If you think your question regarding a particular stock is treated with analytical rigor, think otherwise.
These are, or should be, merry times, with kindness and joyful thoughts taking precedence over normal daily venting. Yet, not of my own volition, I keep finding myself in circumstances which elicit the vilest emotions.
During a recent train ride, I was sitting across from two individuals in business suits who were discussing recent price moves in the large Swiss financial institution UBS. They were concerned about a particularly large position held by one of their clients. As significant losses were accumulating in the account of the client, they were exploring alternative courses of action.
Gee, I wish we didn’t have to deal with this.
I know what you mean; neither do I.
So what do we do now?
I think we ought to hold.
On what basis? You know he’s going to ask for a reason.
Yeah I know. Always the same.
He bought the stock when it was far higher than it is now – 22? 23? -, before he became a client, and now he wants us to help him out of his problems.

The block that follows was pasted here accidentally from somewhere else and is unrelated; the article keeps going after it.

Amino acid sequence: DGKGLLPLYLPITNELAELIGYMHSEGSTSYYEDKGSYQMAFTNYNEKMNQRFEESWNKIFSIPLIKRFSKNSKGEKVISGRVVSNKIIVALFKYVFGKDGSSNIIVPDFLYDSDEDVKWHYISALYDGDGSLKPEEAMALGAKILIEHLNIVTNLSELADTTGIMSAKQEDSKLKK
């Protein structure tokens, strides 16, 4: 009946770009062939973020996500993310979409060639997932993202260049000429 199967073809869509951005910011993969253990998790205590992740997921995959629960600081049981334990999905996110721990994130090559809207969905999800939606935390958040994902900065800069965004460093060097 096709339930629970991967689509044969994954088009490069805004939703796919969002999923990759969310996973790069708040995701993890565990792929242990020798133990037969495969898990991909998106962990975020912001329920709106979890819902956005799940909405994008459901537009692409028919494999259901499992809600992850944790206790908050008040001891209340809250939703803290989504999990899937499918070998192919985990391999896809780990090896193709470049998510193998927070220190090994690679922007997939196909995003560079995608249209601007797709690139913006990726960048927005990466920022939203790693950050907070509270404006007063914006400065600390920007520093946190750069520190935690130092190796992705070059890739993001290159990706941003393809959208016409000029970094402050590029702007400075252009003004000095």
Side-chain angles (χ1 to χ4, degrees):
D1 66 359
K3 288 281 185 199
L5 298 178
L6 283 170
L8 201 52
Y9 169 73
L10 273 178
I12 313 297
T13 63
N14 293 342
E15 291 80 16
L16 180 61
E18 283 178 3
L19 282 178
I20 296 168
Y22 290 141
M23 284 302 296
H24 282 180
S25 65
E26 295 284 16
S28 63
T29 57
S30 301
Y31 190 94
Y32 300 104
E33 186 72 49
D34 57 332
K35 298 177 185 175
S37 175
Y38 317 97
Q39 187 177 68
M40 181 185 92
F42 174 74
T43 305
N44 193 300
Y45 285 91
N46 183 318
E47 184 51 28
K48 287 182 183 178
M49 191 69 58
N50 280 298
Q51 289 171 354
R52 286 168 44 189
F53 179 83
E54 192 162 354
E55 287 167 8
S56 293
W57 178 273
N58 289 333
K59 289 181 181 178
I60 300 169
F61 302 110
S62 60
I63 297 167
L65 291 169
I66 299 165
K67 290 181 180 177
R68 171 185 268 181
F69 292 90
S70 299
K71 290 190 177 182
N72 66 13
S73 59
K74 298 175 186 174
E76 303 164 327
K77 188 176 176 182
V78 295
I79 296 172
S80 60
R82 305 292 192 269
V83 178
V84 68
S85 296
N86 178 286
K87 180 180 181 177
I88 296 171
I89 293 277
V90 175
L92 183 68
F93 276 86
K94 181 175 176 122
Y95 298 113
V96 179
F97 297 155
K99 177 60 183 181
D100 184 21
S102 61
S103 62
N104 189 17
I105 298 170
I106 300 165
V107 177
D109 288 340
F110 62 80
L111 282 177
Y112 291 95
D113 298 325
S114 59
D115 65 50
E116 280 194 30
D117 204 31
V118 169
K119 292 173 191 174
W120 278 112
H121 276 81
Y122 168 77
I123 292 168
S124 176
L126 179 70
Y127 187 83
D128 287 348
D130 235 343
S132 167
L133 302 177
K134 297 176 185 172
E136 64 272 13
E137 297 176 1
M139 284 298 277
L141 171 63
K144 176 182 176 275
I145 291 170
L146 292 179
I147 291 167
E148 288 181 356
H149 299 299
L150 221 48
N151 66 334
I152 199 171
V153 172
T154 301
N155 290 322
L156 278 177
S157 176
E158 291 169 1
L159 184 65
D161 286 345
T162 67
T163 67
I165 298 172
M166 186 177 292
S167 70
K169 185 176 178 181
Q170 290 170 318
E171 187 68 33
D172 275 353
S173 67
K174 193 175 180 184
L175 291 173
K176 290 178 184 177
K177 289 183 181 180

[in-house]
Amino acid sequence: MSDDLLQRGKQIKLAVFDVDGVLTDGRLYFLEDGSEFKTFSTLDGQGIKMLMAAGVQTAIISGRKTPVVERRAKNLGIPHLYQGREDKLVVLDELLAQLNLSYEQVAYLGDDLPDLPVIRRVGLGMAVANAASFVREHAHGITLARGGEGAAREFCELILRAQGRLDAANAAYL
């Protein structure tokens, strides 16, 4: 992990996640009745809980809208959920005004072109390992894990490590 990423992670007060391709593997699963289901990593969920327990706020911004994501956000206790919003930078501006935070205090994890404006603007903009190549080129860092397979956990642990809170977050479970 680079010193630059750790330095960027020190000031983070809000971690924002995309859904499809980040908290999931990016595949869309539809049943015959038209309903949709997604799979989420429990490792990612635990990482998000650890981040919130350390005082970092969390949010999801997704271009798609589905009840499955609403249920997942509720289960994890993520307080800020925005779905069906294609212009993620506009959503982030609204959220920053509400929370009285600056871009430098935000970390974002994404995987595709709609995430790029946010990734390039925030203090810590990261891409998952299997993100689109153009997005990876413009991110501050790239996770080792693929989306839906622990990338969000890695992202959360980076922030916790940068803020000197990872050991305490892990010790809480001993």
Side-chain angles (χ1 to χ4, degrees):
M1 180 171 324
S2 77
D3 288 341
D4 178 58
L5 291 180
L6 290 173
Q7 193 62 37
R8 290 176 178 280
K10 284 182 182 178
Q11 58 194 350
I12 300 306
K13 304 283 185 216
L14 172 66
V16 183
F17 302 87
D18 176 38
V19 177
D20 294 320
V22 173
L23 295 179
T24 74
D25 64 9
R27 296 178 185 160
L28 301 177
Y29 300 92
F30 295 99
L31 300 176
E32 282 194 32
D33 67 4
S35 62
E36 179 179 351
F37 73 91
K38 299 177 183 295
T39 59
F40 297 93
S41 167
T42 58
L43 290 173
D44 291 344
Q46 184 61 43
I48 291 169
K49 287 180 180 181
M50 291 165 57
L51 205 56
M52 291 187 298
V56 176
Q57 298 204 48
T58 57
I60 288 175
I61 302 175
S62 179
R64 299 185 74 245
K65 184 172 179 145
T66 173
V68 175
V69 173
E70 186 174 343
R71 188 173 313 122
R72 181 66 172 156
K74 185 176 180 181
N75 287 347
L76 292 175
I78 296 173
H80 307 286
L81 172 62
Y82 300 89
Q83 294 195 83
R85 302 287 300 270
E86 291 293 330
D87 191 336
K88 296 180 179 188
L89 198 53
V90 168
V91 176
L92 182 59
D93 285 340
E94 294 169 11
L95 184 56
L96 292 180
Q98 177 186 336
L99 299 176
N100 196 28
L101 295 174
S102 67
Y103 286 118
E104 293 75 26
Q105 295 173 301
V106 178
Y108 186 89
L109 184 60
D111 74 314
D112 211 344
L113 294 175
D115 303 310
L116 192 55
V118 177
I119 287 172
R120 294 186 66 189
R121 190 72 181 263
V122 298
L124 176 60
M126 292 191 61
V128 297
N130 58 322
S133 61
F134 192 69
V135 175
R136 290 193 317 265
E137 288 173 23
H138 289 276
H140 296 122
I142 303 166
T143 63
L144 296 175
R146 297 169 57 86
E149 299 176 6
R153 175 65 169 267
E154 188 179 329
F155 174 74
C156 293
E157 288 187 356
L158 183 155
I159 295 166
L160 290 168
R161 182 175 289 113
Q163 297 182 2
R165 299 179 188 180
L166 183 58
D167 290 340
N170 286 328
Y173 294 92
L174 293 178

Well that’s understandable. After all, we are his bankers.
So how much do you figure he’s willing to lose?
I don’t think he is willing to lose anything. His view is that you don’t lose anything until you sell. He does not think in terms of where is the best place to recover the loss already in the account – with UBS or something else.
That’s crazy, I know. In that case, what do we think of UBS going forward?
Who knows? If you ask me, all financial stocks – particularly in Europe – are an iffy proposition; UBS in particular? No clue.
If you figure that he bought the stock at 22 and it is now trading at 12 and its range has been 10 to 20 over the last ten years, I suppose 12 is maybe a little low?
Not exactly rocket science, but it’ll do for me!
What else do you want me to do? Speak to Erik [ed: the analyst, perhaps]? He’ll tell you the usual stuff about the long term and how Swiss banks always make it in the end.
We all know stocks go up and down all the time and that if you stick with them long enough you’ll come out OK.
Except of course when they go bust…
Don’t be cheeky now. A position this large is a big risk, but I also think that large institutions tend to last, especially in Switzerland.
I am not sure that holds true, though I am sure it is the easiest way out.
We tell him to hold.
Listening to the conversation it seemed almost puerile to evaluate any single stock position exclusively by using arguments like client preferences, trading ranges and the-long-run-is-your-friend. Risky businesses get even riskier this way.
Belated Merry Christmas, and best wishes for a happy and healthy 2019.